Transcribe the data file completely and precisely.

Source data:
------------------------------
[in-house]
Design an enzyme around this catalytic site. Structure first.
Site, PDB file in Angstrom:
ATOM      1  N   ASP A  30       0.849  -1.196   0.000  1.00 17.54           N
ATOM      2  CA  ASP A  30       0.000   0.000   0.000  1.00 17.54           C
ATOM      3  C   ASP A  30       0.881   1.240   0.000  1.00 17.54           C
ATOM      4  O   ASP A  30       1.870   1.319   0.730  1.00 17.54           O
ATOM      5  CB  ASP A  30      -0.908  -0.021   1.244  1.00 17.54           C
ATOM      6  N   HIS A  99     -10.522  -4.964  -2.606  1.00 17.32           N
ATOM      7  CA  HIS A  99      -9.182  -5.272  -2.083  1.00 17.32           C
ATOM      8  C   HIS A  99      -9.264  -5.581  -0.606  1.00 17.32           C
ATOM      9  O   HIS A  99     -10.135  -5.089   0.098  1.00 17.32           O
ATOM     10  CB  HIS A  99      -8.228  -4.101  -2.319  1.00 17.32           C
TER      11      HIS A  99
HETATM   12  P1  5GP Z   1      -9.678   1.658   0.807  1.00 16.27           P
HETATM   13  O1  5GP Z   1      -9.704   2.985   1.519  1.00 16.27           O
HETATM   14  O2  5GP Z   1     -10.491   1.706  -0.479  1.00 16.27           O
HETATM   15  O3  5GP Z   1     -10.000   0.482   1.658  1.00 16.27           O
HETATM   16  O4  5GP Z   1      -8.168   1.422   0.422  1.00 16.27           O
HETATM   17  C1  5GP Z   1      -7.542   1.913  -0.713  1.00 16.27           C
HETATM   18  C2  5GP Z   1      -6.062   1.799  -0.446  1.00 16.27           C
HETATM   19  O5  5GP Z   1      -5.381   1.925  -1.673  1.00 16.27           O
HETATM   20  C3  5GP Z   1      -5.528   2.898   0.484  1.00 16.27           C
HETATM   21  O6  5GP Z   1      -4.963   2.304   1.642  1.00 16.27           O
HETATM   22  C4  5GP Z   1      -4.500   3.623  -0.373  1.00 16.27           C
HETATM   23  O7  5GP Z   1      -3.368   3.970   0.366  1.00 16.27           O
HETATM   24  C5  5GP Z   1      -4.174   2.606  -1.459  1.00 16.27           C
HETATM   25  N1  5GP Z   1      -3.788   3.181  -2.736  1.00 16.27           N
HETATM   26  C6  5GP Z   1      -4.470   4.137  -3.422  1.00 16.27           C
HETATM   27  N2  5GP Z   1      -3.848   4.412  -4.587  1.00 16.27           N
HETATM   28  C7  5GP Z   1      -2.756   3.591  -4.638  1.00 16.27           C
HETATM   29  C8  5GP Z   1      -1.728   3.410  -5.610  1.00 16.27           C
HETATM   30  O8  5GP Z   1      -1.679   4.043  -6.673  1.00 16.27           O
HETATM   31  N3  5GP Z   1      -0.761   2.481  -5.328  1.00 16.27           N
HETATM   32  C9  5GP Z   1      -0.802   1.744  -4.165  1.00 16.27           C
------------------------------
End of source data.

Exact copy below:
[in-house]
Design an enzyme around this catalytic site. Structure first.
Site, PDB file in Angstrom:
ATOM      1  N   ASP A  30       0.849  -1.196   0.000  1.00 17.54           N
ATOM      2  CA  ASP A  30       0.000   0.000   0.000  1.00 17.54           C
ATOM      3  C   ASP A  30       0.881   1.240   0.000  1.00 17.54           C
ATOM      4  O   ASP A  30       1.870   1.319   0.730  1.00 17.54           O
ATOM      5  CB  ASP A  30      -0.908  -0.021   1.244  1.00 17.54           C
ATOM      6  N   HIS A  99     -10.522  -4.964  -2.606  1.00 17.32           N
ATOM      7  CA  HIS A  99      -9.182  -5.272  -2.083  1.00 17.32           C
ATOM      8  C   HIS A  99      -9.264  -5.581  -0.606  1.00 17.32           C
ATOM      9  O   HIS A  99     -10.135  -5.089   0.098  1.00 17.32           O
ATOM     10  CB  HIS A  99      -8.228  -4.101  -2.319  1.00 17.32           C
TER      11      HIS A  99
HETATM   12  P1  5GP Z   1      -9.678   1.658   0.807  1.00 16.27           P
HETATM   13  O1  5GP Z   1      -9.704   2.985   1.519  1.00 16.27           O
HETATM   14  O2  5GP Z   1     -10.491   1.706  -0.479  1.00 16.27           O
HETATM   15  O3  5GP Z   1     -10.000   0.482   1.658  1.00 16.27           O
HETATM   16  O4  5GP Z   1      -8.168   1.422   0.422  1.00 16.27           O
HETATM   17  C1  5GP Z   1      -7.542   1.913  -0.713  1.00 16.27           C
HETATM   18  C2  5GP Z   1      -6.062   1.799  -0.446  1.00 16.27           C
HETATM   19  O5  5GP Z   1      -5.381   1.925  -1.673  1.00 16.27           O
HETATM   20  C3  5GP Z   1      -5.528   2.898   0.484  1.00 16.27           C
HETATM   21  O6  5GP Z   1      -4.963   2.304   1.642  1.00 16.27           O
HETATM   22  C4  5GP Z   1      -4.500   3.623  -0.373  1.00 16.27           C
HETATM   23  O7  5GP Z   1      -3.368   3.970   0.366  1.00 16.27           O
HETATM   24  C5  5GP Z   1      -4.174   2.606  -1.459  1.00 16.27           C
HETATM   25  N1  5GP Z   1      -3.788   3.181  -2.736  1.00 16.27           N
HETATM   26  C6  5GP Z   1      -4.470   4.137  -3.422  1.00 16.27           C
HETATM   27  N2  5GP Z   1      -3.848   4.412  -4.587  1.00 16.27           N
HETATM   28  C7  5GP Z   1      -2.756   3.591  -4.638  1.00 16.27           C
HETATM   29  C8  5GP Z   1      -1.728   3.410  -5.610  1.00 16.27           C
HETATM   30  O8  5GP Z   1      -1.679   4.043  -6.673  1.00 16.27           O
HETATM   31  N3  5GP Z   1      -0.761   2.481  -5.328  1.00 16.27           N
HETATM   32  C9  5GP Z   1      -0.802   1.744  -4.165  1.00 16.27           C